Daniel's super simple step-by-step guide to changing culture in organisations
Step 1: Identify the people who are decision makers
This could be your boss, the head of a department or a committee.
From my experience, you need to approach culture change from the top down and the bottom up. If you can get one influential person from a department on board, then you can then get the whole department.
If you can get one or two senior managers on board, you can get the whole committee!
If you are pitching to senior management , one of our favourite customers, John Bailey, has some great advice - "Make sure that a couple of people on the senior management team know about the proposal and support it already".
Step 2: Do Your background research on what their objectives are.
Everyone in a well-run organisation knows what they need to do in the next 1 month, the next 3 months, and the next year. This is because there is usually a strategy which will detail objectives and actions plans. This is where you find the "official objectives"
People also have personal objectives, like career progression for example. It could be caring for the environment, or worrying about waste. It could just be doing right by your fellow colleagues.
Step 3: Meet the person or people who you want to adopt your proposal or change in practice
Explain why you want to meet.
Tell them how long it will take.
Tell them why they will be interested in meeting.
Make it easy for them to meet you.
Bribe them with coffee and cake if you have to.
(This all works over email too)
If they are hard to reach use the same technique with their peers.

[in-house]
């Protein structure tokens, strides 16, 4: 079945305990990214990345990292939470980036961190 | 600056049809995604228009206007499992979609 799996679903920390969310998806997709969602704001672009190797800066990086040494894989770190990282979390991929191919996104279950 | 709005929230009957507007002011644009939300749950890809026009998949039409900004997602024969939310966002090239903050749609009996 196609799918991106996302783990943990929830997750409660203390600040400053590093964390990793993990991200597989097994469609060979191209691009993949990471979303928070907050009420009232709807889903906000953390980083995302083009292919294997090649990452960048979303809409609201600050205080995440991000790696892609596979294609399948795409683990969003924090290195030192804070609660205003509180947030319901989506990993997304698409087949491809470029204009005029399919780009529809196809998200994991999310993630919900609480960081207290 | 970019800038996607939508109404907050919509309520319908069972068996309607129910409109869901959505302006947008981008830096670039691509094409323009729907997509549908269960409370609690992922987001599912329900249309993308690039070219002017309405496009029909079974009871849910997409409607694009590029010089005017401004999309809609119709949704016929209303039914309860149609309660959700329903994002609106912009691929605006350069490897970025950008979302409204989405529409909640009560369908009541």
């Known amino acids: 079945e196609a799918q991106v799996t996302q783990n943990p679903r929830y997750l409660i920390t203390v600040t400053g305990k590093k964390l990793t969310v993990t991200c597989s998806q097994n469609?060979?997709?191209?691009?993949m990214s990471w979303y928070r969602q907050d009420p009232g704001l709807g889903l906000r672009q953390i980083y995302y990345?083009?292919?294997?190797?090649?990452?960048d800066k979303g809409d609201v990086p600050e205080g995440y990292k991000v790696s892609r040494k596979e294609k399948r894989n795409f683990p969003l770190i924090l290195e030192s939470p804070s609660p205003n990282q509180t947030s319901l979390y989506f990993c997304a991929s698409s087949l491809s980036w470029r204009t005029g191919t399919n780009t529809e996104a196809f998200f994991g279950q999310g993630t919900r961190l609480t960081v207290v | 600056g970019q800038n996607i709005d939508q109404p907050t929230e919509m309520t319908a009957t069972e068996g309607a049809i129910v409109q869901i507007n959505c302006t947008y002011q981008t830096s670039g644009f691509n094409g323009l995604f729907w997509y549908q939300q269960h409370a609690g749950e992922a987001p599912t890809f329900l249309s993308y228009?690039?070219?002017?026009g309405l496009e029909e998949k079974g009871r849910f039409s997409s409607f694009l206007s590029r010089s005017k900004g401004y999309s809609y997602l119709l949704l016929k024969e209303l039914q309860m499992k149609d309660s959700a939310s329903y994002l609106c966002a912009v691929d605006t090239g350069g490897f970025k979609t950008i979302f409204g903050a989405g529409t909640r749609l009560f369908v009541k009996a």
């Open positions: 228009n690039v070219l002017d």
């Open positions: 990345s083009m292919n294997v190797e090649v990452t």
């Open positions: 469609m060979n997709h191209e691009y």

Do this one-on-one first.
Then go bigger.
Read Tim Ferriss blog post "how to get a meeting with anyone"
Step 4: Ask them what their problems are
You are trying to find issues which your proposal will assist with.
Keep asking 'What?', 'Where?', 'Who?', and 'Why?' to get to the bottom of the issue (see this post).
Step 5: Listen. Listen like you have never listened before
2 ears, one mouth.
Take notes on a pad, not on your device. The written note taking is much more respectful.
You need to be able to define their issue as specifically as you can.
If you can't relay that information to your team, you need more details.
Step 6: Go away, and think creatively about how your proposal will help them
You need to identify overlaps between their problems and what you are proposing.
Brainstorm with your team.
Step 7: Demonstrate how your solution helps them towards solving their problem or meeting their goal
In the meeting, summarise the problems they are having.
Propose how your change will help to fix it.
Tell them how you personally are going to contribute.
Tell them what the next step in the plan of action is.
Step 8: Tell them what you are going to do next to help them
You need to show them your plan.
You are building confidence and a team.
Step 9: Get their agreement
Verbal agreements are weak.
Written is good.